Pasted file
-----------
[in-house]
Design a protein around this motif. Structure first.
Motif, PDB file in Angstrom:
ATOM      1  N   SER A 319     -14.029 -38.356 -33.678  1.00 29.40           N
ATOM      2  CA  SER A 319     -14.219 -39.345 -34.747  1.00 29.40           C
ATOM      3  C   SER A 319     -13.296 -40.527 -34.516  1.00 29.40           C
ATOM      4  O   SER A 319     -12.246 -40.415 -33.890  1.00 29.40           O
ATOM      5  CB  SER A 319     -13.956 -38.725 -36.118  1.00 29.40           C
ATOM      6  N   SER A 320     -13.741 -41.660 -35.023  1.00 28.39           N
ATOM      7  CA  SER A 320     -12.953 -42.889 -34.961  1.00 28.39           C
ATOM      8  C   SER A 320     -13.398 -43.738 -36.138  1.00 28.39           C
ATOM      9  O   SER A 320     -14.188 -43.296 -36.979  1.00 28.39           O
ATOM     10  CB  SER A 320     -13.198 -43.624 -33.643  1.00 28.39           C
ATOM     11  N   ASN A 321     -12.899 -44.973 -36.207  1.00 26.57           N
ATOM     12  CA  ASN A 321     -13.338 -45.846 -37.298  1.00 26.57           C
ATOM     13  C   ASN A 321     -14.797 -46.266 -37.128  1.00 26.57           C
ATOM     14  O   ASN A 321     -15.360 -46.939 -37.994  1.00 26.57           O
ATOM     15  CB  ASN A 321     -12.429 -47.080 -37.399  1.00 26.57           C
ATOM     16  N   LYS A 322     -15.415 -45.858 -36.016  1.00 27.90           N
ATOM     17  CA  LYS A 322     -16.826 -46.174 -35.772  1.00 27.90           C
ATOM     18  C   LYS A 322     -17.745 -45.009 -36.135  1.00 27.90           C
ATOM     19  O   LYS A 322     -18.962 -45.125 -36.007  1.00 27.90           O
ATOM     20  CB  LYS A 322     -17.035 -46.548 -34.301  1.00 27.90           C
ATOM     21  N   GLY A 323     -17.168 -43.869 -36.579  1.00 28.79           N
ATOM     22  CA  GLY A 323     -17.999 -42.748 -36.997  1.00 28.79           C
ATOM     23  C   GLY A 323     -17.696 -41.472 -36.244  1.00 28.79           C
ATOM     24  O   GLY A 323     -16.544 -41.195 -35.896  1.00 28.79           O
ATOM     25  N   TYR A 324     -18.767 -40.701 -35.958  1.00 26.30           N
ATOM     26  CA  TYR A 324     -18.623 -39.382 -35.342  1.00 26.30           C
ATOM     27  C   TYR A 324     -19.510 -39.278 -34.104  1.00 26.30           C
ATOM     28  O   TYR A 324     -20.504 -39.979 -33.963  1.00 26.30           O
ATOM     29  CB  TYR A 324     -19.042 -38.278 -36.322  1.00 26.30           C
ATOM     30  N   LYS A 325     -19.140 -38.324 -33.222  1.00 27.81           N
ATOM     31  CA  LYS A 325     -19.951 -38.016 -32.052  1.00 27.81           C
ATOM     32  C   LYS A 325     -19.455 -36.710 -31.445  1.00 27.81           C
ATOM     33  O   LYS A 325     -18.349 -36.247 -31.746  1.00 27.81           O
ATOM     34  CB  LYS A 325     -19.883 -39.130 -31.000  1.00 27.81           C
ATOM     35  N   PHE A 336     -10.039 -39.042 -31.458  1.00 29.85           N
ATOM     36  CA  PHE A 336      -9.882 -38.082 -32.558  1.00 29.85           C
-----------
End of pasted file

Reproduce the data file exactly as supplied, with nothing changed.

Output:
[in-house]
Design a protein around this motif. Structure first.
Motif, PDB file in Angstrom:
ATOM      1  N   SER A 319     -14.029 -38.356 -33.678  1.00 29.40           N
ATOM      2  CA  SER A 319     -14.219 -39.345 -34.747  1.00 29.40           C
ATOM      3  C   SER A 319     -13.296 -40.527 -34.516  1.00 29.40           C
ATOM      4  O   SER A 319     -12.246 -40.415 -33.890  1.00 29.40           O
ATOM      5  CB  SER A 319     -13.956 -38.725 -36.118  1.00 29.40           C
ATOM      6  N   SER A 320     -13.741 -41.660 -35.023  1.00 28.39           N
ATOM      7  CA  SER A 320     -12.953 -42.889 -34.961  1.00 28.39           C
ATOM      8  C   SER A 320     -13.398 -43.738 -36.138  1.00 28.39           C
ATOM      9  O   SER A 320     -14.188 -43.296 -36.979  1.00 28.39           O
ATOM     10  CB  SER A 320     -13.198 -43.624 -33.643  1.00 28.39           C
ATOM     11  N   ASN A 321     -12.899 -44.973 -36.207  1.00 26.57           N
ATOM     12  CA  ASN A 321     -13.338 -45.846 -37.298  1.00 26.57           C
ATOM     13  C   ASN A 321     -14.797 -46.266 -37.128  1.00 26.57           C
ATOM     14  O   ASN A 321     -15.360 -46.939 -37.994  1.00 26.57           O
ATOM     15  CB  ASN A 321     -12.429 -47.080 -37.399  1.00 26.57           C
ATOM     16  N   LYS A 322     -15.415 -45.858 -36.016  1.00 27.90           N
ATOM     17  CA  LYS A 322     -16.826 -46.174 -35.772  1.00 27.90           C
ATOM     18  C   LYS A 322     -17.745 -45.009 -36.135  1.00 27.90           C
ATOM     19  O   LYS A 322     -18.962 -45.125 -36.007  1.00 27.90           O
ATOM     20  CB  LYS A 322     -17.035 -46.548 -34.301  1.00 27.90           C
ATOM     21  N   GLY A 323     -17.168 -43.869 -36.579  1.00 28.79           N
ATOM     22  CA  GLY A 323     -17.999 -42.748 -36.997  1.00 28.79           C
ATOM     23  C   GLY A 323     -17.696 -41.472 -36.244  1.00 28.79           C
ATOM     24  O   GLY A 323     -16.544 -41.195 -35.896  1.00 28.79           O
ATOM     25  N   TYR A 324     -18.767 -40.701 -35.958  1.00 26.30           N
ATOM     26  CA  TYR A 324     -18.623 -39.382 -35.342  1.00 26.30           C
ATOM     27  C   TYR A 324     -19.510 -39.278 -34.104  1.00 26.30           C
ATOM     28  O   TYR A 324     -20.504 -39.979 -33.963  1.00 26.30           O
ATOM     29  CB  TYR A 324     -19.042 -38.278 -36.322  1.00 26.30           C
ATOM     30  N   LYS A 325     -19.140 -38.324 -33.222  1.00 27.81           N
ATOM     31  CA  LYS A 325     -19.951 -38.016 -32.052  1.00 27.81           C
ATOM     32  C   LYS A 325     -19.455 -36.710 -31.445  1.00 27.81           C
ATOM     33  O   LYS A 325     -18.349 -36.247 -31.746  1.00 27.81           O
ATOM     34  CB  LYS A 325     -19.883 -39.130 -31.000  1.00 27.81           C
ATOM     35  N   PHE A 336     -10.039 -39.042 -31.458  1.00 29.85           N
ATOM     36  CA  PHE A 336      -9.882 -38.082 -32.558  1.00 29.85           C